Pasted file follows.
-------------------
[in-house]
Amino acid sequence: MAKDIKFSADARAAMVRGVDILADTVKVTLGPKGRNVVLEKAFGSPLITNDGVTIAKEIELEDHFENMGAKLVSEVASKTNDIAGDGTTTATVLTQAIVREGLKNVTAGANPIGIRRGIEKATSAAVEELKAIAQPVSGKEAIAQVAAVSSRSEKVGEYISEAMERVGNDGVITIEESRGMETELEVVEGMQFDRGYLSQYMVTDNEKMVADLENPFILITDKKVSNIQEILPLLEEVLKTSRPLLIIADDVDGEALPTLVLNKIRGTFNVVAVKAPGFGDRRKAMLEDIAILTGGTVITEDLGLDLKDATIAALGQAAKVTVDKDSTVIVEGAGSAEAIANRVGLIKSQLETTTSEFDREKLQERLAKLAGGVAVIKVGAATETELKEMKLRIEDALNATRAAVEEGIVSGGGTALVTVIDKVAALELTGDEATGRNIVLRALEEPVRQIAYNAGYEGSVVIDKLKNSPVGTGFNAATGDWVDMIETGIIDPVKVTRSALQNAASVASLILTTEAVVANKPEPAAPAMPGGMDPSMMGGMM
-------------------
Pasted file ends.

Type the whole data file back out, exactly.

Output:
[in-house]
Amino acid sequence: MAKDIKFSADARAAMVRGVDILADTVKVTLGPKGRNVVLEKAFGSPLITNDGVTIAKEIELEDHFENMGAKLVSEVASKTNDIAGDGTTTATVLTQAIVREGLKNVTAGANPIGIRRGIEKATSAAVEELKAIAQPVSGKEAIAQVAAVSSRSEKVGEYISEAMERVGNDGVITIEESRGMETELEVVEGMQFDRGYLSQYMVTDNEKMVADLENPFILITDKKVSNIQEILPLLEEVLKTSRPLLIIADDVDGEALPTLVLNKIRGTFNVVAVKAPGFGDRRKAMLEDIAILTGGTVITEDLGLDLKDATIAALGQAAKVTVDKDSTVIVEGAGSAEAIANRVGLIKSQLETTTSEFDREKLQERLAKLAGGVAVIKVGAATETELKEMKLRIEDALNATRAAVEEGIVSGGGTALVTVIDKVAALELTGDEATGRNIVLRALEEPVRQIAYNAGYEGSVVIDKLKNSPVGTGFNAATGDWVDMIETGIIDPVKVTRSALQNAASVASLILTTEAVVANKPEPAAPAMPGGMDPSMMGGMM